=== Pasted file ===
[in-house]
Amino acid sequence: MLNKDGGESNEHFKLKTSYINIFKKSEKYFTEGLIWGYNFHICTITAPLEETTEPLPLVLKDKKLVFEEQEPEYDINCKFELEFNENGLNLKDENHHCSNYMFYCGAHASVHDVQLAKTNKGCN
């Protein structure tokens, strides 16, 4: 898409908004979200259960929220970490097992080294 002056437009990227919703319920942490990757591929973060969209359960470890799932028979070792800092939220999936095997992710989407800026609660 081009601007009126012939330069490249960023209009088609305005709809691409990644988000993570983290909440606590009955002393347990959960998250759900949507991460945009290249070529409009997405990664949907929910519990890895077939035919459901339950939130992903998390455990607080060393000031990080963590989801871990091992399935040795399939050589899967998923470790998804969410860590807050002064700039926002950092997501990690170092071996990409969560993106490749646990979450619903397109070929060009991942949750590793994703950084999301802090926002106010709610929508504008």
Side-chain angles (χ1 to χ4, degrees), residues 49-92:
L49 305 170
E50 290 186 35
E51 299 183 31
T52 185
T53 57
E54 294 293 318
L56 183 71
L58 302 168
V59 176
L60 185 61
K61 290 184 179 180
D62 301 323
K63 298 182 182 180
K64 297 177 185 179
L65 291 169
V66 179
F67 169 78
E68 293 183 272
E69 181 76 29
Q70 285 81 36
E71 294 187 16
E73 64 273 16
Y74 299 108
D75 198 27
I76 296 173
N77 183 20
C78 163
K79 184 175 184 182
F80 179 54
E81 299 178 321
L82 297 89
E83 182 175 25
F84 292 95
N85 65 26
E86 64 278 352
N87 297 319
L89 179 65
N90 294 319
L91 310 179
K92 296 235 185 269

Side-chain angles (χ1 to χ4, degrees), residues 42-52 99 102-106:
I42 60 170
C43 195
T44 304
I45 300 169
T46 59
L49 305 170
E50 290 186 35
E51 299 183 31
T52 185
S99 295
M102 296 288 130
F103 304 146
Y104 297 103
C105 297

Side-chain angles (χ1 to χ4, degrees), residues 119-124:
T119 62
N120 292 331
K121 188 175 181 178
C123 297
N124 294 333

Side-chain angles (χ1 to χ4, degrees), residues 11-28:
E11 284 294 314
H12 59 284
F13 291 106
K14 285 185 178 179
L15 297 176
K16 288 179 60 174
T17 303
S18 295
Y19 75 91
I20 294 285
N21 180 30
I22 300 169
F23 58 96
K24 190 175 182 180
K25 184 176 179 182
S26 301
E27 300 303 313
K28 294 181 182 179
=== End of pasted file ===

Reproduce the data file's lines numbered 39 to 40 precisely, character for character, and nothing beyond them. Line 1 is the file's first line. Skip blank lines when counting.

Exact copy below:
E86 64 278 352
N87 297 319